Going to the shore on the first morning of the vacation, the young English boy stopped at a turning of the path and looked down at a wild and rocky bay and then over to the crowded beach he knew so well from other years.
She was thinking, Of course he’s old enough to be safe without me. Have I been keeping him too close? He mustn’t feel he ought to be with me. I must be careful.
He ran straight into the water and began swimming. He was a good swimmer. He went out fast over the gleaming sand, over a middle region where rocks lay like discolored monsters under the surface, and then he was in the real sea—a warm sea where irregular cold currents from the deep water shocked his limbs.
When he was so far out that he could look back not only on the little bay but past the promontory that was between it and the big beach, he floated on the buoyant surface and looked for his mother. There she was, a speck of yellow under an umbrella that looked like a slice of orange peel. He swam back to shore, relieved at being sure she was there, but all at once very lonely.
The English boy swam toward them but kept his distance at a stone’s throw. They were of that coast; all of them were burned smooth dark brown and speaking a language he did not understand. To be with them, of them, was a craving that filled his whole body.
Soon the biggest of the boys poised himself, shot down into the water, and did not come up. The others stood about, watching. Jerry, after waiting for the sleek brown head to appear, let out a yell of warning; they looked at him idly and turned their eyes back toward the water. After a long time, the boy came up on the other side of a big dark rock, letting the air out of his lungs in a sputtering gasp and a shout of triumph.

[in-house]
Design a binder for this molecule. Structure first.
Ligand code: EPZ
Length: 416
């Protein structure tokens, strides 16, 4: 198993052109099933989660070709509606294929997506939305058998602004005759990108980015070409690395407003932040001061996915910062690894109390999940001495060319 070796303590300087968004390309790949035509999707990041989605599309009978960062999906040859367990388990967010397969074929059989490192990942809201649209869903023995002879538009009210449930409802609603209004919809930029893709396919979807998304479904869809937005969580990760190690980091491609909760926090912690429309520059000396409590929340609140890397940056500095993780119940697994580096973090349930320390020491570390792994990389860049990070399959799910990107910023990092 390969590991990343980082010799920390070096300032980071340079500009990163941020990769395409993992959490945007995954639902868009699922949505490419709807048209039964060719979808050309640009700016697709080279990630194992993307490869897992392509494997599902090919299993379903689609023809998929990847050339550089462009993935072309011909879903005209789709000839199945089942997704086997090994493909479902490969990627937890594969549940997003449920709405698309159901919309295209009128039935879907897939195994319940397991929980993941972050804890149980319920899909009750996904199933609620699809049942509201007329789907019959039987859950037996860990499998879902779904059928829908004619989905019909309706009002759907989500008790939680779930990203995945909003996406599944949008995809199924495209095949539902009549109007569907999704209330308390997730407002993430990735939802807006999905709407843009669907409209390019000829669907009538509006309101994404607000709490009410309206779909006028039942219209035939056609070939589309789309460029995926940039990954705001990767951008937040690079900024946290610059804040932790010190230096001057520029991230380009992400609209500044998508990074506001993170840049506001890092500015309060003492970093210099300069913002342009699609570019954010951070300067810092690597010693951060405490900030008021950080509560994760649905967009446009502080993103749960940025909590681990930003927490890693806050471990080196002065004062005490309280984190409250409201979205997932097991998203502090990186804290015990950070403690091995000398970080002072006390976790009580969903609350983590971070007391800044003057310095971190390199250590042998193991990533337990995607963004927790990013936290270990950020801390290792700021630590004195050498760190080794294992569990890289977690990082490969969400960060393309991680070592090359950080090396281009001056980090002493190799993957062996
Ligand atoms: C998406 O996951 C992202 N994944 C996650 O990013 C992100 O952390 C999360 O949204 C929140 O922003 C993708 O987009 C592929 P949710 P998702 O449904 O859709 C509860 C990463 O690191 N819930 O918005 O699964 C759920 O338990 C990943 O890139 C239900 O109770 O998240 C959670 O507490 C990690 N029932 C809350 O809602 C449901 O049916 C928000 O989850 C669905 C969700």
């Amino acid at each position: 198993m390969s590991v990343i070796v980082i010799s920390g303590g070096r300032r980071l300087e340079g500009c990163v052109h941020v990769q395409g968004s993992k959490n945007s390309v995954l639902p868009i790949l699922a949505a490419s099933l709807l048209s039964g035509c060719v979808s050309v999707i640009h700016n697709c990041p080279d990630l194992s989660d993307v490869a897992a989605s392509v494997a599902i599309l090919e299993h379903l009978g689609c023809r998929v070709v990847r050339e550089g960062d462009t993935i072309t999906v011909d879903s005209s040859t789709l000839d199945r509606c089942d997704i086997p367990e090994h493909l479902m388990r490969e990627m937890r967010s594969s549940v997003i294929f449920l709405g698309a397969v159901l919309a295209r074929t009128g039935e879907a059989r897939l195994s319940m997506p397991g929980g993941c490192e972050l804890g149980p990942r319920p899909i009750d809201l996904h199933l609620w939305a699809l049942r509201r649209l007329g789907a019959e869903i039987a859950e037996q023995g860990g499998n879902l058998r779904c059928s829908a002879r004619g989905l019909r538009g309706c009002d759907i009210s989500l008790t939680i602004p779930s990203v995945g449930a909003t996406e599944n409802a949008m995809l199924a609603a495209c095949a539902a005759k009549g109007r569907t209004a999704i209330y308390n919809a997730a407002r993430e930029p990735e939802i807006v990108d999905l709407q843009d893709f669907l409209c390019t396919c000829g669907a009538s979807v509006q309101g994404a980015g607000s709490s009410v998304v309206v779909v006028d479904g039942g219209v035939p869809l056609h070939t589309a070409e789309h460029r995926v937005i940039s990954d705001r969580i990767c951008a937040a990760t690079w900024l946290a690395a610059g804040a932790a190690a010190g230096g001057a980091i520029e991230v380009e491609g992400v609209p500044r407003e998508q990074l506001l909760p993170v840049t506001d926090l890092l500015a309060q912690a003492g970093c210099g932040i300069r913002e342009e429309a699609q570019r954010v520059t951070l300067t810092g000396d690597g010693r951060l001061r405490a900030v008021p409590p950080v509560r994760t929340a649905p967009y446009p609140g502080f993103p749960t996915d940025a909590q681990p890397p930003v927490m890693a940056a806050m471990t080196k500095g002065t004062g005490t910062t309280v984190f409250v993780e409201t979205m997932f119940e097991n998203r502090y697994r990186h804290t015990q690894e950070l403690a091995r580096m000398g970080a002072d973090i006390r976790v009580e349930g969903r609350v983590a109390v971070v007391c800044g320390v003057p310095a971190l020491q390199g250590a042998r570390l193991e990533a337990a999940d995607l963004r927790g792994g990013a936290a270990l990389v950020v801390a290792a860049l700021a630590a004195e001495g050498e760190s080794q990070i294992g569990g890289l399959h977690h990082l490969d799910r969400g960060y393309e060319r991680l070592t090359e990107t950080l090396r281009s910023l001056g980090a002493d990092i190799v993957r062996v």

Under him, six or seven feet down, was a floor of perfectly clean, shining white sand, rippled firm and hard by the tides. Two grayish shapes steered there, like long, rounded pieces of wood or slate. They were fish. He saw them nose toward each other, poise motionless, make a dart forward, swerve off, and come around again. It was like a water dance.
He got his head in, found his shoulders jammed, moved them in sidewise, and was inside as far as his wrist. He could see nothing ahead. Something soft and clammy touched his mouth; he saw a dark frond moving against the grayish rock, and panic filled him. He thought of octopuses, of clinging weed.
Again his nose bled at night, and his mother insisted on his coming with her the next day. It was a torment to him to waste a day of his careful self-training, but he stayed with her on that other beach, which now seemed a place for small children, a place where his mother might lie safe in the sun. It was not his beach.
He was without light, and the water seemed to press upon him with the weight of rock. Seventy-one, seventy-two. There was no strain on his lungs. He felt like an inflated balloon, his lungs were so light and easy, but his head was pulsing.
He could see nothing but a red-veined, clotted dark. His eyes must have burst, he thought; they were full of blood. He tore off his goggles and a gout of blood went into the sea. His nose was bleeding, and the blood had filled the goggles.
After a time, his heart quieted, his eyes cleared, and he sat up. He could see the local boys diving and playing half a mile away. He did not want them. He wanted nothing but to get back home and lie down.